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TUNIS (Reuters) - Tunisian police on Sunday arrested a member of parliament and a television presenter who have been prominent critics of President Kais Saied since his seizure of power in July, their lawyer said.
The lawyer, Samir Ben Omar, said the military judiciary had ordered the arrests, accusing the pair of "conspiring against state security and insulting the army" after they broadcast a programme on Zaytouna television station.
Aloui Abdellatif is a member of parliament for the conservative religious Karama party and Ameur Ayed is a presenter on Zaytouna. In the programme, they strongly criticised Saied and called him a traitor.
Neither the police nor army were immediately available for comment.
Saied suspended parliament, lifted the immunity of its members and assumed executive authority in July before saying last month he would ignore most of the constitution and rule by decree for a period of "exceptional measures" with no set end.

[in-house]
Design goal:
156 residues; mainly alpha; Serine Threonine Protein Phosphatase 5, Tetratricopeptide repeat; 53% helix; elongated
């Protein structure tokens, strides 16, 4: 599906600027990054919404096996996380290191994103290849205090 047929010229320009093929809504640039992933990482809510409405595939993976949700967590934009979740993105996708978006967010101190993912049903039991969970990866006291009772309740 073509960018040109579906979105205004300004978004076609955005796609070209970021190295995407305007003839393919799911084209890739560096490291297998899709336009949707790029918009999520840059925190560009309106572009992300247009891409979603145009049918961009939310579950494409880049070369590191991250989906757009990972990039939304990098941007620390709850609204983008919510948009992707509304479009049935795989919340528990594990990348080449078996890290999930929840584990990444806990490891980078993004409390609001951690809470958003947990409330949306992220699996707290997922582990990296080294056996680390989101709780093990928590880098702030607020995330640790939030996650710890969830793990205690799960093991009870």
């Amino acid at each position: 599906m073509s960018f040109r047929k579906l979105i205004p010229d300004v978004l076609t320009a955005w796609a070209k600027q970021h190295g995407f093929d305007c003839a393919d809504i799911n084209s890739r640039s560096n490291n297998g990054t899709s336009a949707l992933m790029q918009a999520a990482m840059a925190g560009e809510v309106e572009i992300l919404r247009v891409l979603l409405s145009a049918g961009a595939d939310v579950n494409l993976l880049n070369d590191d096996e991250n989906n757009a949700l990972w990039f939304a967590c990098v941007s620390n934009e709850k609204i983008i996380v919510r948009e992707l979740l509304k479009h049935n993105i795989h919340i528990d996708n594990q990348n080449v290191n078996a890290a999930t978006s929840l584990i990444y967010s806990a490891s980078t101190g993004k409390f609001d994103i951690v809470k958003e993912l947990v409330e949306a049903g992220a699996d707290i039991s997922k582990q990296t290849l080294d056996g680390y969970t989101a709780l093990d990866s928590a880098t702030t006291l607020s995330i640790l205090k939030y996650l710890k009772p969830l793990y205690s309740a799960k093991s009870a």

His intervention, following years of economic stagnation and political paralysis, was welcomed by many Tunisians but has cast doubt on Tunisia's democratic gains since the 2011 revolution that ended autocratic rule and triggered the Arab spring.
Saied has said he will not become a dictator and has promised to uphold rights and freedoms. Since July a small number of parliamentarians have been detained on old charges that were activated when their immunity was lifted.
Many other politicians and business leaders have been subjected to travel bans, though Saied said these would only be imposed on people facing judicial summons or warrants.
However, there has been no widespread campaign of arrests so far and the press has been able to continue to publish stories critical of Saied and the authorities.
Most of Tunisia's political elite have urged him to say how and when he will get out of the crisis and two protests have taken place against his actions over the past two weekends.
On Sunday Saied's supporters are expected to rally in Tunis to show their backing for his intervention, which they see as necessary to reset a political system that did not respond to the needs of Tunisians.
(Reporting by Tarek Amara, writing by Angus McDowall; Editing by Emelia Sithole-Matarise)